I can accept Saw IV as a bridge setting up something special, but there are good ways to do this and bad ways to do this. Harry Potter and the Order of the Phoenix for example is a bridge movie. A lot of really wonderful, entertaining stuff happens in that film where people die and people grow up and Harry comes into his own, but really it’s just the wind up for the home run in part 6. A movie like that, or even like Empire, is a brilliant example of how intensely entertaining these in-between movies can be. The gang at Saw seem content in looking towards the future. It worked though. They got our money and they’ll probably get it next year too.
Rating: 6 out of 10 - As Saw falls into a Star Trek like pattern of “one good movie, one bad movie” I find myself wondering if the year turn around on these films that get released every Halloween is stifling them. On the DVD commentary for part III director Darren Lynn Bousman expressed how intensely involved it is to produce them so quickly. I get the impression here that they had a great idea long term that needed some proper set-up, and that their goals were focused too much on what might happen in 2008 instead of what should happen in 2007. I could be completely wrong but for the sake of the franchise I hope it’s true. I really hope there’s something waiting for us next year that will make the franchise interesting again. Otherwise I won’t care what characters are connected in the larger story of the world of Saw. Because I won’t be.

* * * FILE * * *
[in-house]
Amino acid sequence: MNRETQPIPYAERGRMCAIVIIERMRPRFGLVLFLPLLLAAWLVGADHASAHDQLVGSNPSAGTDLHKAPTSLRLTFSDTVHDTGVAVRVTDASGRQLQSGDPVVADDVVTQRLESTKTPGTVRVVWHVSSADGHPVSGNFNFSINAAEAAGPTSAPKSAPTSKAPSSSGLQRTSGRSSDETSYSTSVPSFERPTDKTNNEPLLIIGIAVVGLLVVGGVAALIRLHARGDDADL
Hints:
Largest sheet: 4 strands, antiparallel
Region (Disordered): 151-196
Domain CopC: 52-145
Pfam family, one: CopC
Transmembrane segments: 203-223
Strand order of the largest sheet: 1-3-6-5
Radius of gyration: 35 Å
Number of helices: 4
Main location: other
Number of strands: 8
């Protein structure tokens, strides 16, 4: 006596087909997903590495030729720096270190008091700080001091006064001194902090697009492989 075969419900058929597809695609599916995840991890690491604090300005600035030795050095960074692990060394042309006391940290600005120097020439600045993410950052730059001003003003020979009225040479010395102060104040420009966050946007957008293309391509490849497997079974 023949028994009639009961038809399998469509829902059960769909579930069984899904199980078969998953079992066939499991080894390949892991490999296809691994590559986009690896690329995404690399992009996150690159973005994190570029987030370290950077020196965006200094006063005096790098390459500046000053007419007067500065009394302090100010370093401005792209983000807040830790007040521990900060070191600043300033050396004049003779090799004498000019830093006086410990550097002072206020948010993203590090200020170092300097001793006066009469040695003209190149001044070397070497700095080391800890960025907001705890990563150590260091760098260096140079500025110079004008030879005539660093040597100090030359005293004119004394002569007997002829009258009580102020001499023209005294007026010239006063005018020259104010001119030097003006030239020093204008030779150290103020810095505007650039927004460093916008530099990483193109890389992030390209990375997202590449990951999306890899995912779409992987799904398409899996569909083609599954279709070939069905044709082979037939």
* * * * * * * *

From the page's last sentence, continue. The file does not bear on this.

Doubtful, but I’m sure I’ll be itching to see it again next October, if only to refresh myself for the fifth movie. The thing is, you can never tell what I’ll do if they release a special edition DVD set with a free movie ticket for that sequel inside. I’m such a sucker for a good deal, even if I can’t remember how disgustingly disappointing the ending of the movie I‘m buying is.
If I do end up buying Saw IV then I’m an idiot because, free ticket or not, if the fifth movie improves upon the messy ending of IV even in the slightest, then it would’ve been worth the 10 bucks anyway.
Looking for stuff on the web for Saw IV wasn’t what you would call difficult. A simple search at Youtube will yield hours of entertaining footage ranging from spoiler clips of Jigsaw’s autopsy to the obsessive teenage ramblings of this dude. But the most impressive thing I found online for the most popular “torture porn” franchise of our time is an event set up to help victims of violence. I’m talking about the 4th Annual Saw IV Blood Drive.
The drive, sponsored in part by Lionsgate Films and Yahoo, returns for its fourth year generating awareness and collecting blood across the nation. Looking at the effectiveness of this event over the four year period is very encouraging as, like Saw’s box office take, the numbers seem to grow with ever outing. If you’re interested in donating blood, you can locate the closest location through the Blood Drive’s official site, but if the drive continues to grow, perhaps by the time Saw X rolls around they’ll be able to take it to the theaters, inspiring moviegoers to donate on sight.